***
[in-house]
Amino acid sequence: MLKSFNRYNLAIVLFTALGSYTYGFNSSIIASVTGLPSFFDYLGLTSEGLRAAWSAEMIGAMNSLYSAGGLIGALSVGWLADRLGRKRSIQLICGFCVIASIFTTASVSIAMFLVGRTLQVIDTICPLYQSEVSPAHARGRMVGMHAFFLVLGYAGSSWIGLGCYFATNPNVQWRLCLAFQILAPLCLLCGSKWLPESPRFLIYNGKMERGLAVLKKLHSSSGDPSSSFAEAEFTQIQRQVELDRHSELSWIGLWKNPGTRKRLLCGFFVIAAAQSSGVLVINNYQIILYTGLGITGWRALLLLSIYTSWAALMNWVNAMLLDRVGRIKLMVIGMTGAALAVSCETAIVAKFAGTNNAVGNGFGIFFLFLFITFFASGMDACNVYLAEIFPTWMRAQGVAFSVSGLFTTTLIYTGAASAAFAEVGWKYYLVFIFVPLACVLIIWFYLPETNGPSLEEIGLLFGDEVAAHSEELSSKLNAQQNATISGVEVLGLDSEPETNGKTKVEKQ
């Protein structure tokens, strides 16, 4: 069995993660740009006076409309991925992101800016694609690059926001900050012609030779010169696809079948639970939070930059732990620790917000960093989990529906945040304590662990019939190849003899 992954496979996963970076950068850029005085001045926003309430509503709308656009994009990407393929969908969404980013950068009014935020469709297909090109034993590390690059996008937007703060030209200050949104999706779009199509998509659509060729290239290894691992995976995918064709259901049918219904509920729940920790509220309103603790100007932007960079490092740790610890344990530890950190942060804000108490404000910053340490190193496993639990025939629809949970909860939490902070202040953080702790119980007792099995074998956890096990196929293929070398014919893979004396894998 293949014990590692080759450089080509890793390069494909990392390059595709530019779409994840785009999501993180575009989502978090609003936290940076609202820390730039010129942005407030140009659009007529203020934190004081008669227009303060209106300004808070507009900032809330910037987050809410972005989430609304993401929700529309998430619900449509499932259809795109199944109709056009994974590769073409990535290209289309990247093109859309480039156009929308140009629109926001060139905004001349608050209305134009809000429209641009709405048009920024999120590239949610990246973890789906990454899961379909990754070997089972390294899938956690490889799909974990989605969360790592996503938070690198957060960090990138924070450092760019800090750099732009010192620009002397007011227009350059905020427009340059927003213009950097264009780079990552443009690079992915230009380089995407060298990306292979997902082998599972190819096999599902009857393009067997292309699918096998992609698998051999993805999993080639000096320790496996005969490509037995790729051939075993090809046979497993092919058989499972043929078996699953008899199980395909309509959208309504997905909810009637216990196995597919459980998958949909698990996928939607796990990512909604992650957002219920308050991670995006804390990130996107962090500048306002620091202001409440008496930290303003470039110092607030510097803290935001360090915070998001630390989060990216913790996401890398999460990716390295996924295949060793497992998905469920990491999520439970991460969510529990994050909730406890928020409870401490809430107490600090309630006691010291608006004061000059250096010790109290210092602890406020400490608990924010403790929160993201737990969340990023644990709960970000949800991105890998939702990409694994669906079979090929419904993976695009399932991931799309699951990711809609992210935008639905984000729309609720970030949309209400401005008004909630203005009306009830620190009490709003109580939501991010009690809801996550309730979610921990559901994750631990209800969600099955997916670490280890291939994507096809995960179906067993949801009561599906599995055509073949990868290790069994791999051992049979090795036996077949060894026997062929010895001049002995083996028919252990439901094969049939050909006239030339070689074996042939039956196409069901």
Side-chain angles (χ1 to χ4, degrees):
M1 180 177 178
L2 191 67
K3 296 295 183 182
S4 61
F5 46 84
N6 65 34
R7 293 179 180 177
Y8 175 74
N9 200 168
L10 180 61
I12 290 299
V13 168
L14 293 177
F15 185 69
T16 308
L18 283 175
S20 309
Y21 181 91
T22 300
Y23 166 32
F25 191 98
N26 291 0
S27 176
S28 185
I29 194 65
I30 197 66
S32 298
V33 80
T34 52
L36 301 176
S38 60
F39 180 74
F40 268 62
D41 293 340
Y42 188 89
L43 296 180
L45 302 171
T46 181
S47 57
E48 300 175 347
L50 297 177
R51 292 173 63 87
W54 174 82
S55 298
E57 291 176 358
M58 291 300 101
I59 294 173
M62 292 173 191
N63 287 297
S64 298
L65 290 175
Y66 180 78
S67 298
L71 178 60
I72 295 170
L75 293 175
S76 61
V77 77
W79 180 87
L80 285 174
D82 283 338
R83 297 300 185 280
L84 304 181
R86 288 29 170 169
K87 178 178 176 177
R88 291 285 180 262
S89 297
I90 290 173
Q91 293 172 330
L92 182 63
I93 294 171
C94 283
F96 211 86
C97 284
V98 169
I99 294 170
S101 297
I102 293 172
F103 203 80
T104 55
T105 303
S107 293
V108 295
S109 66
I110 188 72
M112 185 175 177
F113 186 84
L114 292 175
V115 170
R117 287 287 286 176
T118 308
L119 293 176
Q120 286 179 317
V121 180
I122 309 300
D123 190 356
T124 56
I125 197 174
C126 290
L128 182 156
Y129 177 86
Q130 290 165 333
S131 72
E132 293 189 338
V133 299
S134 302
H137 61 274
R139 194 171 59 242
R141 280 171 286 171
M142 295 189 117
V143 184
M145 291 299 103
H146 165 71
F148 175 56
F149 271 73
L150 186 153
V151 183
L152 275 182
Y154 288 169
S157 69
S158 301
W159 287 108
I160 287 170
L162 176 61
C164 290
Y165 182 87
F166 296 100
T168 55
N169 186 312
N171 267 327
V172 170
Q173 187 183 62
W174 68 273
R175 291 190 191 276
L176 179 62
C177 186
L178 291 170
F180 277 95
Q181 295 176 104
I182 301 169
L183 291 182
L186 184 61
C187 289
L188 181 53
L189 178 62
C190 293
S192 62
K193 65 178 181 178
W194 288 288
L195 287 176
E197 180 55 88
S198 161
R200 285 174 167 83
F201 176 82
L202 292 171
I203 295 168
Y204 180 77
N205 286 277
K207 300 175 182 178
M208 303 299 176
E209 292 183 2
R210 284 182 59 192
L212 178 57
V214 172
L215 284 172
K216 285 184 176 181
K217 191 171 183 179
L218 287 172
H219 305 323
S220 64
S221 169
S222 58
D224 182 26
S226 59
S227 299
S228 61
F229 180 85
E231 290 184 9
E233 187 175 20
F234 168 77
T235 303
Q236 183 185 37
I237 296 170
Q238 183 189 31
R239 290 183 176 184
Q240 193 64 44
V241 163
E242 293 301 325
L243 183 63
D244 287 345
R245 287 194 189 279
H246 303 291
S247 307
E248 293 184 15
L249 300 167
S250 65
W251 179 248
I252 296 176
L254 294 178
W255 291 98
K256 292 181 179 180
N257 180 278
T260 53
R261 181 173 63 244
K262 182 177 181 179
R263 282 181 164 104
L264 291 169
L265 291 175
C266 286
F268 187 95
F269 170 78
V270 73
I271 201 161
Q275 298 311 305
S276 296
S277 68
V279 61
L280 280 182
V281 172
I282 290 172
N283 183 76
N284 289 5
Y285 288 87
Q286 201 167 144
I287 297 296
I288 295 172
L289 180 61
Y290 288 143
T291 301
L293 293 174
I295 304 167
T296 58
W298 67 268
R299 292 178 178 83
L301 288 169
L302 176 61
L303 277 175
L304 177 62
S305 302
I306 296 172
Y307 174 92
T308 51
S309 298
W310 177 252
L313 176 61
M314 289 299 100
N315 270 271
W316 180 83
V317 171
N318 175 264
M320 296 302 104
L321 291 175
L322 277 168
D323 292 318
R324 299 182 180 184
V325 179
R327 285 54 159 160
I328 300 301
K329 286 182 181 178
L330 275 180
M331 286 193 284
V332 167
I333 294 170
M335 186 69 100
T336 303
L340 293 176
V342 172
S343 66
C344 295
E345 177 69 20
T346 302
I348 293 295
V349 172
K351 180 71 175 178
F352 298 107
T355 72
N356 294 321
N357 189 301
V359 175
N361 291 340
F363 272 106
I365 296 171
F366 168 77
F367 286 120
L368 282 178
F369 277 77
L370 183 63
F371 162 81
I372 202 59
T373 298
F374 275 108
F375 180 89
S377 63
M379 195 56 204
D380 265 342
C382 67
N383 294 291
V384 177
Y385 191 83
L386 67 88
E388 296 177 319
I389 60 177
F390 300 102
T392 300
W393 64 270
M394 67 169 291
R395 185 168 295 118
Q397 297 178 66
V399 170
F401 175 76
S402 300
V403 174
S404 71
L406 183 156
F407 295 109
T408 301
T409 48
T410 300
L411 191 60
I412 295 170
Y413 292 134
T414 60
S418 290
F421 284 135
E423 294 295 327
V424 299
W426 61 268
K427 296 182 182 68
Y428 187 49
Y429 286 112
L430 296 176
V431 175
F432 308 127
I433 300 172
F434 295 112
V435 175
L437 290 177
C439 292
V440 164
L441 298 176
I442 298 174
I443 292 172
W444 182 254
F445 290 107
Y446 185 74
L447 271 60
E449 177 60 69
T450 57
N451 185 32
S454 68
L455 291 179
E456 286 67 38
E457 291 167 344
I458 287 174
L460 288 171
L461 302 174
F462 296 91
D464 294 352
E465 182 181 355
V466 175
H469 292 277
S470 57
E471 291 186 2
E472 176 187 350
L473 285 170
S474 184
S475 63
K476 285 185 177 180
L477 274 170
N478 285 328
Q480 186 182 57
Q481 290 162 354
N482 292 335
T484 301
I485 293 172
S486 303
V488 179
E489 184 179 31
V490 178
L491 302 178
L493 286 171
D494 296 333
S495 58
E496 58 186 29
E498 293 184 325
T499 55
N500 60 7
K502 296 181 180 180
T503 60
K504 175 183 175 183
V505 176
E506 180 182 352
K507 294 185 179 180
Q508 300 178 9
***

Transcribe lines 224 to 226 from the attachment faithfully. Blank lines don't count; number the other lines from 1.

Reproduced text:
I282 290 172
N283 183 76
N284 289 5